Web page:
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Rite Aid-Walgreens Merger: What Does Rite Aid Bring to the Table?

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Rite Aid is a national drugstore chain

Rite Aid is the third largest retail drugstore chain in the United States based on both revenues and number of stores. As of the end of fiscal 2014, the company operated 4,570 stores in 31 states and the District of Columbia.

Rite Aid offers prescription drugs and other merchandise, which it refers to as “front-end” merchandise. Front-end merchandise consists of health and beauty products, greeting cards, and various types of candies and snacks. Prescription drugs account for about 69% of sales. Rite Aid has a strategic partnership with GNC, and about half of Rite Aid stores contain a GNC store within the Rite Aid store.

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The Affordable Care Act has encouraged drugstores to get into the pharmacy benefit management business. Rite Aid’s purchase of Envision Pharmaceutical Services a couple of years ago was part of the reason for the Rite Aid-Walgreens merger in the first place. The acquisition was a way for Walgreens Boots Alliance (WBA) to compete more effectively with rival CVS (CVS).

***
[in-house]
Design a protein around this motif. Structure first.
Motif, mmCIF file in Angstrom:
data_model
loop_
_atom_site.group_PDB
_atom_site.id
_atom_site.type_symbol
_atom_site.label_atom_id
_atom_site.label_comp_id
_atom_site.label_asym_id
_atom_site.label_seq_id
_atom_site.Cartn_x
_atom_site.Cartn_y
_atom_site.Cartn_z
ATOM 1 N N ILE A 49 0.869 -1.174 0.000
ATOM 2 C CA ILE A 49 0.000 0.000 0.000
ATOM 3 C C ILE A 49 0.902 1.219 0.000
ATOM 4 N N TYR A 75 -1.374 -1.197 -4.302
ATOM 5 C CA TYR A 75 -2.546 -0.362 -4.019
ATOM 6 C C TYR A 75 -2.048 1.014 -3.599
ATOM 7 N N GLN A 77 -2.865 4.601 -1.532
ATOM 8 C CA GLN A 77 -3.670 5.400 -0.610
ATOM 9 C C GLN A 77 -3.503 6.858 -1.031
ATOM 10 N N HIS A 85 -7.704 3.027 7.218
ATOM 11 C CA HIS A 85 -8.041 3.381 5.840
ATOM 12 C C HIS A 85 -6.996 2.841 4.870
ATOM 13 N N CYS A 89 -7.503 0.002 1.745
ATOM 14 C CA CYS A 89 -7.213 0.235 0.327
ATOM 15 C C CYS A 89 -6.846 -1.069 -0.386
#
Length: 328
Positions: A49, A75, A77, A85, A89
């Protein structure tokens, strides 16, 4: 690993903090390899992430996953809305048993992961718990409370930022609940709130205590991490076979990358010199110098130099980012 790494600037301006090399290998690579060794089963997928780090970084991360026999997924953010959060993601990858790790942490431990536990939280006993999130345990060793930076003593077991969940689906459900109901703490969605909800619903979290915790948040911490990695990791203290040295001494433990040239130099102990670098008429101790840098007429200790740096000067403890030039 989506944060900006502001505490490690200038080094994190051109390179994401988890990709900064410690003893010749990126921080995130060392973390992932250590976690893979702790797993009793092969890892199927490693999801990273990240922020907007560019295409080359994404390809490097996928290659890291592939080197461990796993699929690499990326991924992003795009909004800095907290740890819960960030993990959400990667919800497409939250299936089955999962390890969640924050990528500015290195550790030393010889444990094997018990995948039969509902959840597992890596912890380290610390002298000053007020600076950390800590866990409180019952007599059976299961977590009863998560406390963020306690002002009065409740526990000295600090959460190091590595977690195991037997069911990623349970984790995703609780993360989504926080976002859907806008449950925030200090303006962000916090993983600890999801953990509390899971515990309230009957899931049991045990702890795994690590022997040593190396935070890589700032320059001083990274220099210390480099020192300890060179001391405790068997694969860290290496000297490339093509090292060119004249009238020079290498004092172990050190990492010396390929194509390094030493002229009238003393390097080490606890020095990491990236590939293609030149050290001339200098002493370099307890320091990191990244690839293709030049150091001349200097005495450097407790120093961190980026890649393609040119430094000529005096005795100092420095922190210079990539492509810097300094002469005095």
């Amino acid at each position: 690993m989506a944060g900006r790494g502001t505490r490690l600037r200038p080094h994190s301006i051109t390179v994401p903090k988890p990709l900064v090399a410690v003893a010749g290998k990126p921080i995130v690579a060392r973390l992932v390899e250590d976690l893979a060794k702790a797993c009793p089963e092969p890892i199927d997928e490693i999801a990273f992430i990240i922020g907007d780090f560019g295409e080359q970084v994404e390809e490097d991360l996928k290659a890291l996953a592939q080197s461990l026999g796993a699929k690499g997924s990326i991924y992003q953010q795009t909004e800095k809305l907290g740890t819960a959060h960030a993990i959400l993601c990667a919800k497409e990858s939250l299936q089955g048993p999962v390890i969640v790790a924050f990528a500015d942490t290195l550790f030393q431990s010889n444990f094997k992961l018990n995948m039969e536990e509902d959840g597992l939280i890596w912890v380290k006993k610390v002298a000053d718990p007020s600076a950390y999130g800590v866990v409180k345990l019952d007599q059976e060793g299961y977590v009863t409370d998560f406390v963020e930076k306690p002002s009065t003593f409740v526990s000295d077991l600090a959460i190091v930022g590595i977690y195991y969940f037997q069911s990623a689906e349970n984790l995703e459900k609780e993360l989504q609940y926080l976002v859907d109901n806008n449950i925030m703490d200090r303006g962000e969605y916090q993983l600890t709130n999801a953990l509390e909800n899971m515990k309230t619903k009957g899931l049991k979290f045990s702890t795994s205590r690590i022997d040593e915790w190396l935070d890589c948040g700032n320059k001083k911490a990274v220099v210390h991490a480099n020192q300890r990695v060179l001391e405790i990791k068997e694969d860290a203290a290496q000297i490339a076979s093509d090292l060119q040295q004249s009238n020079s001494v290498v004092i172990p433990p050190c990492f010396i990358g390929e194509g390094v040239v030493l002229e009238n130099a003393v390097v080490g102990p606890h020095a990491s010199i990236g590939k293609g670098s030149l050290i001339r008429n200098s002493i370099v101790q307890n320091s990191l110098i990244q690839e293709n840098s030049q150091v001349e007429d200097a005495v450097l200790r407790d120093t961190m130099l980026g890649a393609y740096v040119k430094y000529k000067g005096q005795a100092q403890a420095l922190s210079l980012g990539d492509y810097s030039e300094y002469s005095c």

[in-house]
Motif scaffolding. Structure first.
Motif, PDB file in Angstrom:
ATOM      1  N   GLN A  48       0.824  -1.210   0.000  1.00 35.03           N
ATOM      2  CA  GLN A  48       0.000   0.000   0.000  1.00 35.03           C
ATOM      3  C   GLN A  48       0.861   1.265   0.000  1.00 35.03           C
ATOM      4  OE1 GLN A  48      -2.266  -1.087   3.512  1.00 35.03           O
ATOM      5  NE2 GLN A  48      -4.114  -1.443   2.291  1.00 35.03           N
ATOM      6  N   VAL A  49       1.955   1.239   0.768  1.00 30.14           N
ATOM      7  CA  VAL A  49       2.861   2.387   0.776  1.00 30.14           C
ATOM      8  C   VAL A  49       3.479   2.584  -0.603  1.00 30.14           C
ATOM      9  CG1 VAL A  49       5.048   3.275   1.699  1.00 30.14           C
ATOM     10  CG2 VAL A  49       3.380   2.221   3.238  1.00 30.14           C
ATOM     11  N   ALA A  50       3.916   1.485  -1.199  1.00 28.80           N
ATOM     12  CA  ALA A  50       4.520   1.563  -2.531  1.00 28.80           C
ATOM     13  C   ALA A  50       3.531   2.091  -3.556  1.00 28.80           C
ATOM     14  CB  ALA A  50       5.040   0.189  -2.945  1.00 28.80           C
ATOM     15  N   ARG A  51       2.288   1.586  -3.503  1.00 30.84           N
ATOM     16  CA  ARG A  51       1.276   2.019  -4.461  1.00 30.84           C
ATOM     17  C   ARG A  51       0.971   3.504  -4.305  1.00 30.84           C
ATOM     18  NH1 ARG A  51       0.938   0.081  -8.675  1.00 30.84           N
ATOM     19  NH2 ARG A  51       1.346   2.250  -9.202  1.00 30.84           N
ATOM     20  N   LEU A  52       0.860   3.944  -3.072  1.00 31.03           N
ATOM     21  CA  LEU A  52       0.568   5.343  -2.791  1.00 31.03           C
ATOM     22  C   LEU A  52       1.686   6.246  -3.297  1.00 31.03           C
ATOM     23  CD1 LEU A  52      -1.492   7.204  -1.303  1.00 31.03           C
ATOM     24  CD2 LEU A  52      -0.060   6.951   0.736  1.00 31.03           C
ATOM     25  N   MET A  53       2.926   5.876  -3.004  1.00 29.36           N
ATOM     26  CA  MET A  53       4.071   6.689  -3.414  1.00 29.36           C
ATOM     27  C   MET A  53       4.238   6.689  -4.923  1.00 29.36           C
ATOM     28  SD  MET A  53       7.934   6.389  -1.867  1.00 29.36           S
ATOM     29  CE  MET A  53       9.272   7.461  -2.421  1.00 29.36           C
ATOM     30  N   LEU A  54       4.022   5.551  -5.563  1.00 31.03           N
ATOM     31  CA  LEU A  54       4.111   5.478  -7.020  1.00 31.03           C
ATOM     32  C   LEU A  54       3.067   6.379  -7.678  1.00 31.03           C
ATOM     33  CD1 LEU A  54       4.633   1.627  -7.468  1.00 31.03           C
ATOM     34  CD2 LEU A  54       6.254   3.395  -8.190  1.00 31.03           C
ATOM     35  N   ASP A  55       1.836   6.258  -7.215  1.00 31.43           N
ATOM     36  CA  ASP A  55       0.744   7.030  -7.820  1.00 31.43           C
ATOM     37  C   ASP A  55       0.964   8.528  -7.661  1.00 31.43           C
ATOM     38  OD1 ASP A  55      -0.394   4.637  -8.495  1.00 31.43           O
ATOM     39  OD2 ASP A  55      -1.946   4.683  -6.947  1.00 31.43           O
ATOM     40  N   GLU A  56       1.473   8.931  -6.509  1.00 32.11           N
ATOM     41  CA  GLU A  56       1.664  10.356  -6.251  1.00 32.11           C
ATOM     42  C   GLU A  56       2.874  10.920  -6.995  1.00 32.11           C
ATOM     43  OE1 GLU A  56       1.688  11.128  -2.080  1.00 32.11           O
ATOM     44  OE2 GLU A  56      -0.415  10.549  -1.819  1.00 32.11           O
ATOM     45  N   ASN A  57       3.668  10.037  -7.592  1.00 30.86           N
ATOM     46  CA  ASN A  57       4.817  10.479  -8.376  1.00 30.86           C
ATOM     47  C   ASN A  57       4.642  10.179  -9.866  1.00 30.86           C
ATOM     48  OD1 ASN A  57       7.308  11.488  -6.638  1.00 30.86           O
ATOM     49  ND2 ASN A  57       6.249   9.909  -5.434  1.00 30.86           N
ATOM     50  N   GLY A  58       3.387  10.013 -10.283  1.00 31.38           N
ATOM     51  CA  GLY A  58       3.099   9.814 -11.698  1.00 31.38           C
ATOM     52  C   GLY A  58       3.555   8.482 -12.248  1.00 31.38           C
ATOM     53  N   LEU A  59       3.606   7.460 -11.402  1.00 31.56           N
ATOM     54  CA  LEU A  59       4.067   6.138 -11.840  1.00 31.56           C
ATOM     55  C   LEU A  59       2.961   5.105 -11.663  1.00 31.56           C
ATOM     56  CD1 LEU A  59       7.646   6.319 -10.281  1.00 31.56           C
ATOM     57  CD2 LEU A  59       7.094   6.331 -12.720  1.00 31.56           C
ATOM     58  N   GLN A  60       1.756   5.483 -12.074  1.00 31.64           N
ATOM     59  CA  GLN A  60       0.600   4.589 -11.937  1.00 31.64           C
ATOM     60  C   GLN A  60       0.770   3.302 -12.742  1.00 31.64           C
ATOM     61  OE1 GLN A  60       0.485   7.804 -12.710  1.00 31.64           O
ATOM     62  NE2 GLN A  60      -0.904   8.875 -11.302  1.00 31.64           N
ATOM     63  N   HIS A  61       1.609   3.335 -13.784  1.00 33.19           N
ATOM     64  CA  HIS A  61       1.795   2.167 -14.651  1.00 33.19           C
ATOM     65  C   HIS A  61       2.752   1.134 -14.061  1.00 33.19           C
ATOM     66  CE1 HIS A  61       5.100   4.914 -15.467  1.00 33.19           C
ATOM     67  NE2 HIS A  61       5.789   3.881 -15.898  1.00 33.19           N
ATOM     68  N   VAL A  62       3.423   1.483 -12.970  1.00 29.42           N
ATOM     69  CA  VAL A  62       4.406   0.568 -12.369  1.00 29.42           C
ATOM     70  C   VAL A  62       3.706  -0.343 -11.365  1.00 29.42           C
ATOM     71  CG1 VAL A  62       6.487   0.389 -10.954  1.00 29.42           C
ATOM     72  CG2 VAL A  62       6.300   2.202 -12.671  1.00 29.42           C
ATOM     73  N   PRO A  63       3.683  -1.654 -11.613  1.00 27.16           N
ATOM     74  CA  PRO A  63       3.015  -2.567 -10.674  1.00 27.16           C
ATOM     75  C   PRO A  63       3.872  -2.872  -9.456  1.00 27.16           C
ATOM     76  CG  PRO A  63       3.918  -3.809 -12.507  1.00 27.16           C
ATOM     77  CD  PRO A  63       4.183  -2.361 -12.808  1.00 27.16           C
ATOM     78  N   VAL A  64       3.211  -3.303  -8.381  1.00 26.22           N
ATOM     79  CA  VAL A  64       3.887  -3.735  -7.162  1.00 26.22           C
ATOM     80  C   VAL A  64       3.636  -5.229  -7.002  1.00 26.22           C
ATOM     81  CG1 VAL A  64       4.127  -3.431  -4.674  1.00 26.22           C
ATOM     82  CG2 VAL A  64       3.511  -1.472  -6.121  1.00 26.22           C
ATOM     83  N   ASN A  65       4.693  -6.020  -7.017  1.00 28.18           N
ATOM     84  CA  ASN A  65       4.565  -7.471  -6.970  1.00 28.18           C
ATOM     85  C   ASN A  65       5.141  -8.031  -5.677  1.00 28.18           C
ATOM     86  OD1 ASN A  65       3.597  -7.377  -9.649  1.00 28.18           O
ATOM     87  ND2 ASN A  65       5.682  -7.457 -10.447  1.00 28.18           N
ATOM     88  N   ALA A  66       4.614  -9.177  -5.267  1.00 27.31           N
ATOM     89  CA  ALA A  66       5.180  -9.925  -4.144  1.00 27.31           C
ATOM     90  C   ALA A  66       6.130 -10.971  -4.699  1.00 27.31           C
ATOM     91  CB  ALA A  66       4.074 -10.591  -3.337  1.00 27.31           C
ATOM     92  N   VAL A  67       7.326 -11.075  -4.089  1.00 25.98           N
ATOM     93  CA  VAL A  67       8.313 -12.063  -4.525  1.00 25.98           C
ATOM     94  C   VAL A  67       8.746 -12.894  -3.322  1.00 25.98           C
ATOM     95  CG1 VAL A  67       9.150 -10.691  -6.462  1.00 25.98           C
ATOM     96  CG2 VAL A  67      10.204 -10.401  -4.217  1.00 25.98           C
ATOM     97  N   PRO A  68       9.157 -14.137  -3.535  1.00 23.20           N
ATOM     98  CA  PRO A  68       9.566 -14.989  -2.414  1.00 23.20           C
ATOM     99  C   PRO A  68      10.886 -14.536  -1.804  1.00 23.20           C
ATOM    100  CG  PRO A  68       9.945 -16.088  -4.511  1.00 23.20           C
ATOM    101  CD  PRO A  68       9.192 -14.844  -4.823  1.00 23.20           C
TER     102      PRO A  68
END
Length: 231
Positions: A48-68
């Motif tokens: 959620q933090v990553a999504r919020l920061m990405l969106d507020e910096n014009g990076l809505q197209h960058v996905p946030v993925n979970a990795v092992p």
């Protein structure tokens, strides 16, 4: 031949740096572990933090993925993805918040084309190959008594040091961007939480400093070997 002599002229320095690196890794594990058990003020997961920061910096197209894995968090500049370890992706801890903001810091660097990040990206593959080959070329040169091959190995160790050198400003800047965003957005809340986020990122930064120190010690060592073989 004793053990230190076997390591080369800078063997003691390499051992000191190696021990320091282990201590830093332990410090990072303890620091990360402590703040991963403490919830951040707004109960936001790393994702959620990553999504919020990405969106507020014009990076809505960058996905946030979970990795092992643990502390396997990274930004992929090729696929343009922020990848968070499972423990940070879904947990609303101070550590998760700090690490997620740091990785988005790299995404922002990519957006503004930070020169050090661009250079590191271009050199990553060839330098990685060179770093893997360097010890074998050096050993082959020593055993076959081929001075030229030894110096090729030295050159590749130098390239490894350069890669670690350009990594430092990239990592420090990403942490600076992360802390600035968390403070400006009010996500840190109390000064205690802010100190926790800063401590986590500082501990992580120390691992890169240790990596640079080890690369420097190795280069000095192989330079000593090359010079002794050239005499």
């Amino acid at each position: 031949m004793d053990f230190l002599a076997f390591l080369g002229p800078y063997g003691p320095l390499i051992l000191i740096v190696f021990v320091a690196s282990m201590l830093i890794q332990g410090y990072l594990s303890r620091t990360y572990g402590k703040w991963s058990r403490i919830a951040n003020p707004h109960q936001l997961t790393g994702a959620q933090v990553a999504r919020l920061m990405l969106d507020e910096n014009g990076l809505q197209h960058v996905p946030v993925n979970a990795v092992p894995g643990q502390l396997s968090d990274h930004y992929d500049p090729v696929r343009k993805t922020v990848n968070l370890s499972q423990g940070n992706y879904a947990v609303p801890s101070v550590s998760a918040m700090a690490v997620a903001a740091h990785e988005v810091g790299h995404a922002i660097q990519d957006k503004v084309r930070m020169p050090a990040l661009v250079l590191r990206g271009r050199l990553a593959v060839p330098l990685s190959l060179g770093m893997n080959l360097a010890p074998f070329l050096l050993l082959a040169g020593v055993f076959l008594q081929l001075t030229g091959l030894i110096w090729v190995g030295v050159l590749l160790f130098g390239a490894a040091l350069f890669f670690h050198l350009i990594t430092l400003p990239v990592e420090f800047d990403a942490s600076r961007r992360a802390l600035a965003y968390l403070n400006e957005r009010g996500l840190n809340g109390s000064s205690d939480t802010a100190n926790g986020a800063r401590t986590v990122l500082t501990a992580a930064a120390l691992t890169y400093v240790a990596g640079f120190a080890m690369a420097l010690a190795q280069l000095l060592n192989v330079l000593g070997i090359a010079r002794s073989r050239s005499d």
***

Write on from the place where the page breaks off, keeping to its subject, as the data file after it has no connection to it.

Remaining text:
To drive growth going forward, drugstores are now offering wellness services, which include everything from immunizations to partnerships with physicians. Vaccine Central is Rite Aid’s immunization service, which covers everything from regular flu shots to children’s immunizations.

Another offering is Health Dialog, which is a wellness program that helps individuals and companies achieve better health options by using coaching and content. Health Dialog also includes an analytics service that companies can use to help manage their healthcare spending.

Other merger arbitrage resources

Other important merger spreads include the Cigna (CI) and Anthem (ANTM) deal, which is slated to close in 2H15. For a primer on risk arbitrage investing, read Merger arbitrage must-knows: A key guide for investors.

Investors who are interested in trading in the healthcare sector should look at the S&P SPDR Healthcare ETF (XLV).

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